Nearly 300 years before Einstein's flirtation with religious controversy, Baruch Spinoza was born to a family of Portugese Jews in Holland. The family had emigrated rather than face the forced conversion of the Inquisition. Spinoza was steeped in the learning and history of his people's odyssey that began 1,500 years earlier. He had a life-long Jewish heart. But his own critical appraisal of the Bible and the influence of free-thinking that came out of the Renaissance sealed his fate.
The elders of his synagogue charged that he was saying that, "God had a body -- the world of matter, that angels might be hallucinations, that the soul might be life itself, and that the Old Testament did not affirm an afterlife." Since he would not recant, he was excommunicated. According to Will Durant, the elders felt "that gratitude to their hosts in Holland demanded the excommunication of a man whose doubts struck at Christian doctrine quite as vitally as at Judaism."
In exile, having changed his name from Baruch (Hebrew for blessed) to Benedict, Spinoza penned lines that apparently were so congenial to Einstein, "The philosopher knows that God and nature are one being, acting by necessity and according to the invariable law; it is this majestic law which he will reverence and obey."
Cosmologist Edward Harrison spanned all of recorded philosophy in "Masks of the Universe" and then adopted the Spinoza-Einstein view. He wrote that his ideas come from "agnostic soil," though he has a Protestant background. He encapsulated the modern religious dilemma: "Rejection of the possibility of a God-Universe or UniGod perhaps explains why we find ourselves in desperate need of proof of God's existence.
"Long ago, human beings abstracted from the natural world all that they ascribed to the gods, leaving the world dead; now the gods have fled into a surrealistic world of improbable existence, taking with them the half of the natural world that we call divine. We ourselves have transformed God into a fiction that cannot be proved true."
Though Albert Einstein did not believe in the creator and fostering God of the Bible, he had profound respect for what he called "religious geniuses" who revealed moral conduct to humanity. Einstein realized the limitations of science when he wrote, "Science can only ascertain what is, not what should be."
He did not think that reason alone could generate moral imperatives. He said fundamental ends "exist in a healthy society as powerful traditions, which act upon the conduct and aspirations and judgments of the individuals; they are there, that is, as something living, without it being necessary to find justification for their existence."
And from where did these moral codes derive? According to Einstein, "They come into being not through demonstration but through revelation, through the medium of powerful personalities. One must not attempt to justify them, but rather to sense their nature simply and clearly." Einstein's God was revealed in the laws of physics, but ethical principles he took from the sages of all religions.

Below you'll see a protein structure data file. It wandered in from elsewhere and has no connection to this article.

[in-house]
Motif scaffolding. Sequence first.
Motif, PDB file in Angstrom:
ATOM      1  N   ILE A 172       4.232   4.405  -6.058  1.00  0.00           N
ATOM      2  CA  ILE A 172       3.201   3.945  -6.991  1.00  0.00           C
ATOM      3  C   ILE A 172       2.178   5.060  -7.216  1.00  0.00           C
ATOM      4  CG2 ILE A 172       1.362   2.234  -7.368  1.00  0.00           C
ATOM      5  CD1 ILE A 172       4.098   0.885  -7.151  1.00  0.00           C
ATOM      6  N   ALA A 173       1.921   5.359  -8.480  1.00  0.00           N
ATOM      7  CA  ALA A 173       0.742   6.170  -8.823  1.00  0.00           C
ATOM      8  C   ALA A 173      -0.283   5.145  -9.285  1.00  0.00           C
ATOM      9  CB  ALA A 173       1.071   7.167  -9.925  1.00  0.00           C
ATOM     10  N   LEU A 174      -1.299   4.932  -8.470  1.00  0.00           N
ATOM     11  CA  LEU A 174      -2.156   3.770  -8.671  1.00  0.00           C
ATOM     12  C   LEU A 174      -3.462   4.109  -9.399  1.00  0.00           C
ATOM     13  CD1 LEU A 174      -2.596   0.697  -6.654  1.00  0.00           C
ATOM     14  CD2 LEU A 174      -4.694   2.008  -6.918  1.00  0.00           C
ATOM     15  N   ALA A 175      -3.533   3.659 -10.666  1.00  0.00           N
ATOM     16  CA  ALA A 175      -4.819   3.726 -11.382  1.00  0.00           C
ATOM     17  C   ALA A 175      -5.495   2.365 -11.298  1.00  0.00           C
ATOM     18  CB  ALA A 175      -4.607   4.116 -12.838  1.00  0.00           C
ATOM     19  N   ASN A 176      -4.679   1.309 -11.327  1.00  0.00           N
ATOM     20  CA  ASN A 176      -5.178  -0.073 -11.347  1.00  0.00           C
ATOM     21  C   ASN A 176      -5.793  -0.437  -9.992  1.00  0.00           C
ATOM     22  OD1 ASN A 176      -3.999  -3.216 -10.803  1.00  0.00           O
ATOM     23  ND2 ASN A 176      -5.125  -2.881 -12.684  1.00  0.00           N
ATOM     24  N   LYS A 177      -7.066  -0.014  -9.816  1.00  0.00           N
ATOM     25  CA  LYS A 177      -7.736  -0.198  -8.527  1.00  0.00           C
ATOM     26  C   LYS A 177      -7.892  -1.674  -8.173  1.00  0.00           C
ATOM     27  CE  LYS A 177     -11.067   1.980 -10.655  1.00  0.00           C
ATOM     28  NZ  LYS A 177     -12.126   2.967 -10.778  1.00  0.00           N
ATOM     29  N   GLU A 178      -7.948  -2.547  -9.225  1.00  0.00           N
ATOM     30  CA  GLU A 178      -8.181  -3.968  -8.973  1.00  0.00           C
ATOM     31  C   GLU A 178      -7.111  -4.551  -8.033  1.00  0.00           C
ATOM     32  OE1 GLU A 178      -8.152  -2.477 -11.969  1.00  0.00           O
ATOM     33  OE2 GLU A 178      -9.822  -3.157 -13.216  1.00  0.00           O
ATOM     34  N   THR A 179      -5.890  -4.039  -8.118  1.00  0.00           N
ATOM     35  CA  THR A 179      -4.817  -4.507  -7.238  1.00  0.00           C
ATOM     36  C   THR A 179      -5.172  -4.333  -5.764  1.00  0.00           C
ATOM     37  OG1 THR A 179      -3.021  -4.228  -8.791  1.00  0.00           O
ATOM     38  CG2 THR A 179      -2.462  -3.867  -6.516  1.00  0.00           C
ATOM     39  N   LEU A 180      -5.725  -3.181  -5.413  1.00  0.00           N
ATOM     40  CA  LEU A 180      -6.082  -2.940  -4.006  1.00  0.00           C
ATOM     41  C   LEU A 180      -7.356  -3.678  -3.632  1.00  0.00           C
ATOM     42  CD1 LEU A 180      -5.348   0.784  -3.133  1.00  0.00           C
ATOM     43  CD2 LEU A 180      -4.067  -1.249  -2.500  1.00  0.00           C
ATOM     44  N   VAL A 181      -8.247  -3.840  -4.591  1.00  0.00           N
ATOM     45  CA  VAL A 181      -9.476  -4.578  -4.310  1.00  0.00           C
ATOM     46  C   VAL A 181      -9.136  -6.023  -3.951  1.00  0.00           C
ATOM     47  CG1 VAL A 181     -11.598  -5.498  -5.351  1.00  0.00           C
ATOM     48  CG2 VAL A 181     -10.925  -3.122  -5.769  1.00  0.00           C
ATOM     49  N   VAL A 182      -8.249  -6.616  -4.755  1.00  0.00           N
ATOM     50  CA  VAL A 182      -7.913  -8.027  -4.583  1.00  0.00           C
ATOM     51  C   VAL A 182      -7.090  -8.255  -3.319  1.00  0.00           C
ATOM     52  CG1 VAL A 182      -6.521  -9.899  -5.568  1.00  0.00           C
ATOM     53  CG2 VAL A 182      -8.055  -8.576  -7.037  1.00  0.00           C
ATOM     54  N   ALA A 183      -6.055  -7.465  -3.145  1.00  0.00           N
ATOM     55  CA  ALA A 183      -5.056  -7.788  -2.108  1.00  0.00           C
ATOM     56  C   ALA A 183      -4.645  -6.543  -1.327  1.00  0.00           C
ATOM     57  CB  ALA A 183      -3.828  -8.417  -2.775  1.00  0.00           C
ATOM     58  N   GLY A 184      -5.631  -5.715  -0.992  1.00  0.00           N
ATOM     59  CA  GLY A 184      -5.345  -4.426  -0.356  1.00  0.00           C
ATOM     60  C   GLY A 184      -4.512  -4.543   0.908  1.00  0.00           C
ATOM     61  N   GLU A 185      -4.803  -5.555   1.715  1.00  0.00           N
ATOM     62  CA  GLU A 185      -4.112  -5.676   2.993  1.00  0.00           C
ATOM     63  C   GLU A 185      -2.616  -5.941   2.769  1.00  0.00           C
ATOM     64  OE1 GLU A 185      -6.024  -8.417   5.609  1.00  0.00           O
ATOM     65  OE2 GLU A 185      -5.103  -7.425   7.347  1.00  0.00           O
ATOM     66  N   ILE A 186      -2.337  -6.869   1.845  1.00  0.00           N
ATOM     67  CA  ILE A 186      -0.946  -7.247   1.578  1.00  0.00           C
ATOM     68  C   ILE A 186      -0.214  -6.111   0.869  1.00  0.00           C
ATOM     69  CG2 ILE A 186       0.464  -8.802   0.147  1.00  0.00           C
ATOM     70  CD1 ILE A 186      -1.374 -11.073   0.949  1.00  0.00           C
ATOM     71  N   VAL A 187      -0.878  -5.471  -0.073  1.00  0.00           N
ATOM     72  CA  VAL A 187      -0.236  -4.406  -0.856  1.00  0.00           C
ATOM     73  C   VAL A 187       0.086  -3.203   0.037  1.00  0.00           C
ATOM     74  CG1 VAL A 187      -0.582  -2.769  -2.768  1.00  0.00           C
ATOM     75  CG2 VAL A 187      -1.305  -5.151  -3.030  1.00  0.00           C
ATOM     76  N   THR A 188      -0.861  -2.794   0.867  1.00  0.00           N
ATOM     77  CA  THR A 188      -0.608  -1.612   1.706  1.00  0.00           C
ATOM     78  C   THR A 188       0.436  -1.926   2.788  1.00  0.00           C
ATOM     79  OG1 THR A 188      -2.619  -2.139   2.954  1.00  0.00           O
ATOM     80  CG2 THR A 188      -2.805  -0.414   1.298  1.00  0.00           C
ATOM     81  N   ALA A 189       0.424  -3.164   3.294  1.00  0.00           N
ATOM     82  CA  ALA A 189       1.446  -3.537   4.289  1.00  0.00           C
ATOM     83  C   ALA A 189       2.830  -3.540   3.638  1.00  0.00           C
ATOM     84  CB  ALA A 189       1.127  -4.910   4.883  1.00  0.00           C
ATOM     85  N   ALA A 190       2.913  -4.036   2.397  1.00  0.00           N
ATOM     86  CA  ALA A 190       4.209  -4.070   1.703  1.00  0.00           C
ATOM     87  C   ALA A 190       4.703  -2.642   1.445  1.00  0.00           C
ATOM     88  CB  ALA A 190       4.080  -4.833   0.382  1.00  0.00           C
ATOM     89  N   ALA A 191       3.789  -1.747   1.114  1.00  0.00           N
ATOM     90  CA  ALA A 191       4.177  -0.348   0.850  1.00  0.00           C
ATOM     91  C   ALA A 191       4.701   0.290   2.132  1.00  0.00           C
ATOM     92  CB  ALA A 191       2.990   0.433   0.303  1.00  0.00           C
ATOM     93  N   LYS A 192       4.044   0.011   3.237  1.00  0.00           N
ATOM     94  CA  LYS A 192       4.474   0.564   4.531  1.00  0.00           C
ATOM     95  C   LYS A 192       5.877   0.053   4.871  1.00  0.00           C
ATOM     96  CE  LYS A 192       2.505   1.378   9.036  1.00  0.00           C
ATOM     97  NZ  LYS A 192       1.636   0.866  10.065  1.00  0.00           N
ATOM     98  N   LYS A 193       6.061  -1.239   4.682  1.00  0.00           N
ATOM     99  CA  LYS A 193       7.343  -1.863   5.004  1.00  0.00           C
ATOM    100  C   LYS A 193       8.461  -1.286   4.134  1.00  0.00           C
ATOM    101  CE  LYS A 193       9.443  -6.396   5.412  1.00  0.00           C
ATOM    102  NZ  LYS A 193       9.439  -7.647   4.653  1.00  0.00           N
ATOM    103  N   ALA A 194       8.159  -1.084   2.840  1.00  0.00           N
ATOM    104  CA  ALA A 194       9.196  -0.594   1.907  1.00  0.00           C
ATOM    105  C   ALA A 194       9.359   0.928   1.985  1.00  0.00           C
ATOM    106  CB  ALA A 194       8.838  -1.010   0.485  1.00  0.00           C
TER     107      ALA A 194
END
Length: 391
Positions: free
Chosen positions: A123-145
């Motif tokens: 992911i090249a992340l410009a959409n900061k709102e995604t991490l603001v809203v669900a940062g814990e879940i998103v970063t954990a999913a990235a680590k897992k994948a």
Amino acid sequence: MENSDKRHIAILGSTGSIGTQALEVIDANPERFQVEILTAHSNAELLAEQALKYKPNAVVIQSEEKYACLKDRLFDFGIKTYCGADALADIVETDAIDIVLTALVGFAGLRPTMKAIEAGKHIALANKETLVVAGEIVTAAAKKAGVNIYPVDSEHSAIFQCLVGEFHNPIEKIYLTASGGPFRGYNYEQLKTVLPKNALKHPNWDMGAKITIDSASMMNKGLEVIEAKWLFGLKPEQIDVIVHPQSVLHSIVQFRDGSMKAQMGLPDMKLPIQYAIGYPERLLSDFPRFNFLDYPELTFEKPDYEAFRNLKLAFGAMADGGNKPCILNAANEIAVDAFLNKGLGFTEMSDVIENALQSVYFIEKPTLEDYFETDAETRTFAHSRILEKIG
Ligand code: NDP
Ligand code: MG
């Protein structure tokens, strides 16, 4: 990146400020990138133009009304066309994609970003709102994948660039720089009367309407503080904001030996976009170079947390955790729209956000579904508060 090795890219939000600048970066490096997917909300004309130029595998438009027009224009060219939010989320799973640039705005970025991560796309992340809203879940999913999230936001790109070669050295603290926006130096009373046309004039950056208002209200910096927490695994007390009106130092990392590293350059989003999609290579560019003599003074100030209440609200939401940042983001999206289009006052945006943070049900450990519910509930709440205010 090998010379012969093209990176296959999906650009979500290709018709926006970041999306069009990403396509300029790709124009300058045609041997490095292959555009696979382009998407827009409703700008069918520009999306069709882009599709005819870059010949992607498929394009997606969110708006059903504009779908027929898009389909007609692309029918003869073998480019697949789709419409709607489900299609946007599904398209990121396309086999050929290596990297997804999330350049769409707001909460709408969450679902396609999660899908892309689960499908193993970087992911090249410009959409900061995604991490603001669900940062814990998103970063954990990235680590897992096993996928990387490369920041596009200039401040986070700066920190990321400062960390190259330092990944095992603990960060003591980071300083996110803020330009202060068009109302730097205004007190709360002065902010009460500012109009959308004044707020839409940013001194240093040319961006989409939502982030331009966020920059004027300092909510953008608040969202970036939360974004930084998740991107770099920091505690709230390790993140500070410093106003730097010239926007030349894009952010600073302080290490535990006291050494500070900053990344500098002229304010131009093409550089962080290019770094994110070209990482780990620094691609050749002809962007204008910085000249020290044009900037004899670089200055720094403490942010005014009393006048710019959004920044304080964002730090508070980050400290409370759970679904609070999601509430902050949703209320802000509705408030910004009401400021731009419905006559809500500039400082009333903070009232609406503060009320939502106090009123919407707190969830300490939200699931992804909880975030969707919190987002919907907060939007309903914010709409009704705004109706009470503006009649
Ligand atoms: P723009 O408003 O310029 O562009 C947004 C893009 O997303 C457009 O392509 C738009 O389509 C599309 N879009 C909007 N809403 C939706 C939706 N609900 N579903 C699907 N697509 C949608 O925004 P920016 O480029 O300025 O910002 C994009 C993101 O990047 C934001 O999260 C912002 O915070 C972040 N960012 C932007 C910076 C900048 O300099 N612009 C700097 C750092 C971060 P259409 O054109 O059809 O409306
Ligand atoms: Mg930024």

The paradox of Einstein's achievements must be counted one of the supreme ironies of history. Here was the essential pacifist who despised militarism, yet whose theories helped to unchain the nuclear genie. Never a practicing Jew, he nonetheless had the greatest affinity for the Jewish people and their post-war redemption in Israel. He was offered the presidency of Israel in 1952 but respectfully declined it. In his last years he wrote, "As to my work, it no longer amounts to much. I don't get many results any more and have to be satisfied with playing the Elder Statesman and the Jewish Saint, mainly the latter."
So Einstein's legacy must include not only his physical theories but his cosmic religion -- little known and little shared, until perhaps another age. He challenged the future: "I maintain that the cosmic religious feeling is the strongest and noblest motive for scientific research." And, "In my view, it is the most important function of art and science to awaken this feeling and keep it alive in those who are receptive to it."
Einstein's life ebbed and evaporated in a hospital bed in the early morning hours of April 18, 1955 -- victim of an at-that-time inoperable aortic aneurism. He mumbled his final words in German to an uncomprehending attendant. Perhaps the words paraphrased his earlier expressed sentiment, "Is there not a certain satisfaction in the fact that natural limits are set to the life of the individual, so that at its conclusion it may appear as a work of art?"
His corporeal atoms were seared in the fires of cremation and were scattered, as he wished, where no monument could be built. Yet this curious and lonely human being's spirit -- if we dare call it that -- lives on in the world. Much cosmic business remains unfinished.